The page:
The indie comics rise of writer Ram V over the last couple of years has been a remarkable one to behold. From his early days in Indian comics to his self-published Black Mumba through to his upcoming graphic novel Grafity’s Wall from Unbound Books, his profile has grown in the most significant of leaps and bounds. Earlier this year I had the pleasure of interviewing Ram at London’s Gosh! Comics as part of the Unbound Books panel where he spoke passionately about his creative process.
So the recent announcement that his latest series Paradiso has been picked up by Image Comics was a very welcome development. A collaboration with artist Devmalya Pramanik, colourist and designer Dearbhla Kelly, colourist Alex Sollazzo, letterer Aditya Bidikar and edited by Lizzie Kaye, the book is ostensibly centred on its protagonist Jack Kryznan. But one suspects that the titular city of Paradiso may prove to be as much its lead character as Kryznan himself in the months to come…
Paradiso is set in an indeterminate dystopian future centuries after the “Midnight Event” changed the world forever. This is a broken, dying Earth where civilisation is merely an echo of what it had been centuries before, and where the same pivotal point in history that caused such devastation also ensured that the city of Paradiso itself became a sentient entity.
This opening chapter begins with a flashback to Kryznan’s childhood when, in dramatic circumstances, he gained possession of a mysterious artefact from the local “Tinkerman”. Twelve years later, the adult Kryznan, still in possession of that device that can bring dormant tech back to life, is attempting to gain access to Paradiso’s sprawling environs. Little does he realise what his presence there is about to set into motion and the antagonistic cyborg forces he has attracted…
If there’s been just one integral element that has signified so much of Ram V’s work to date it’s been his ability to make the locations his stories are situated in as much core characters within the narrative as the cast themselves. In Paradiso it would appear that element of the psychogeographical to his stories may well have evolved into the anthropomorphic. Future issues will, no doubt, elaborate on the exact nature of Paradiso as a living city but it’s clearly the core plot element of the series’ set-up.
The first obvious thing to say about the creative team’s approach here is that Paradiso is a book that requires audience dedication. You can discover far more about its premise from reading around the publicity online than you will from the actual story pages of this first issue. The reader is thrown into the action with little in the way of exposition and only a cursory hint at backstory. This means that we’re more observing Kryznan at this point rather than actively empathising with him, with the history of this alternate future timeline being delivered in incremental hints and suggestions.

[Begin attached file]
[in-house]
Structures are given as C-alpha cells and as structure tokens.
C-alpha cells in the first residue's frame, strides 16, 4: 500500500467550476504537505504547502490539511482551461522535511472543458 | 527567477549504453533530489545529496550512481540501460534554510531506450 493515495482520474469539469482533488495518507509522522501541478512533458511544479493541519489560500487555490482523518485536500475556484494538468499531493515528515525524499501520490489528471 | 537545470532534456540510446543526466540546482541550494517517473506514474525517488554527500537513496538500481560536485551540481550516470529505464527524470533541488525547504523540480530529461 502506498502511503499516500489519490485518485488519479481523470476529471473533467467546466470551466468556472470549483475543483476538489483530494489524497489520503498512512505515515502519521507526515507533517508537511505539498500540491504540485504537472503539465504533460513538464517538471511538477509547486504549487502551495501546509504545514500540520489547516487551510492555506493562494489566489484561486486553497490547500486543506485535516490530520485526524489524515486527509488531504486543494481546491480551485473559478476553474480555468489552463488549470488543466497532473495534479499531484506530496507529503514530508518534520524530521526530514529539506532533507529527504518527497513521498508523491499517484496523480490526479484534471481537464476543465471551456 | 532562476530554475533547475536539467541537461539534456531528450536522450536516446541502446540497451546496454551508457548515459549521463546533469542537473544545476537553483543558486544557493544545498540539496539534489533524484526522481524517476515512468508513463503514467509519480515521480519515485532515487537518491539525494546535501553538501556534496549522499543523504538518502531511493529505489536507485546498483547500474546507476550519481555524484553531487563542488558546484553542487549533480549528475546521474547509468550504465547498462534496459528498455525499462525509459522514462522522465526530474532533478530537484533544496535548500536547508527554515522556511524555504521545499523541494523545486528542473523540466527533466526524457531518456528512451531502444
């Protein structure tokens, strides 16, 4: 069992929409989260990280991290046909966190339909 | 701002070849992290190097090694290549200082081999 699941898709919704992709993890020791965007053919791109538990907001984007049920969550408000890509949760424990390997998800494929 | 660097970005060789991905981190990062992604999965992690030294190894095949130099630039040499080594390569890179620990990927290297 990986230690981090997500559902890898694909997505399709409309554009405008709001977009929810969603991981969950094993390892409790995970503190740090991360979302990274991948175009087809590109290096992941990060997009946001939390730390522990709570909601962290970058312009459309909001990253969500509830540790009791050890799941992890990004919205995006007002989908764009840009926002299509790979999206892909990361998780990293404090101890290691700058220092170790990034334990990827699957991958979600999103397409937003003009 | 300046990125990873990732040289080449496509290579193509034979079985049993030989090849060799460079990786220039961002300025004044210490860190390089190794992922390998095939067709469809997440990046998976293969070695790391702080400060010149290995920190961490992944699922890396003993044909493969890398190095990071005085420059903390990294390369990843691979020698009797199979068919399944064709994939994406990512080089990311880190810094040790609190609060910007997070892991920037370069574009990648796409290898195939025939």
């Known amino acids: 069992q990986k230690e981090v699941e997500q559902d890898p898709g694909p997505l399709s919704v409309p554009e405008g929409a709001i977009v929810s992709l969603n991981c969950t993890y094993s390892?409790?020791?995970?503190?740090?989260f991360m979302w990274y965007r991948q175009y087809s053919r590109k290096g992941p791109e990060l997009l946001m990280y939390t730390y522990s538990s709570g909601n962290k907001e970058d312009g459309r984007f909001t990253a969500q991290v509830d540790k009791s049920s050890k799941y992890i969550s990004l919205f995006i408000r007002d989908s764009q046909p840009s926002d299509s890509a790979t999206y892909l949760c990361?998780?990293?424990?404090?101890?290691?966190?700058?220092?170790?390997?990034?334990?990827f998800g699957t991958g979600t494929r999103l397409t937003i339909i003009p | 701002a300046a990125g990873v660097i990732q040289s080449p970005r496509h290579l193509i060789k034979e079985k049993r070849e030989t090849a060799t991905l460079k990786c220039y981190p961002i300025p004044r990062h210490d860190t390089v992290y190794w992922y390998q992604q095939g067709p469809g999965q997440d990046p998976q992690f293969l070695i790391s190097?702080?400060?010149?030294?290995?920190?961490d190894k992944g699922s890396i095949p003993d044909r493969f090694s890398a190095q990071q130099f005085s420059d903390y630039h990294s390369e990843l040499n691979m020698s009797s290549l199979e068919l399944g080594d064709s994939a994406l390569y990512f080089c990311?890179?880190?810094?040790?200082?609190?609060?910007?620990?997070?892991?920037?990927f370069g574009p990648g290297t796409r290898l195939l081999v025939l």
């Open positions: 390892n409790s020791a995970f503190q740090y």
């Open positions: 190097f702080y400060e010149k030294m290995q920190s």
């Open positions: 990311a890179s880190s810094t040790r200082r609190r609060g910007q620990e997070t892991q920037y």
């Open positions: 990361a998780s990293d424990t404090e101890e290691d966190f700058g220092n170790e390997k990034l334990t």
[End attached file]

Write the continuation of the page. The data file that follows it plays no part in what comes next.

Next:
While that’s teasingly frustrating in some senses it’s also a perfect hook for the reader willing to commit themselves longer-term. This first part is more about losing ourselves in this bizarre society where technology is patched together and ruined cityscapes dominate the horizon. Devmalya Pramanik’s layouts are the perfect complement to Ram V’s post-apocalyptic concepts in that regard. Tight panel-to-panel sequences that open up into breathtaking panoramas of a shattered urban landscape in a locale that seems both stifling and claustrophobic and yet sweepingly expansive at the same time. The subdued colouring accentuates the mood of the piece giving a sense of ruin and squalor but also a feeling of faded glory that seems most appropriate in the circumstances.
Paradiso asks for your patience as it slowly unfolds its secrets but, given the creative synergy on show here, I have no doubt it will pay dividends for any reader willing to make that investment of time. A creative team to watch, a comic to immerse yourself in and an epic saga to get in on from the very beginning…
Ram V (W), Devmalya Pramanik (A), Dearbhla Kelly (C/D), Alex Sollazzo (C), Aditya Bidikar (L), Christian Ward (Variant CA) • Image Comics, $3.99
Paradiso #1 ships in December. There’s still time to pre-order with codes OCT170582 and OCT170583.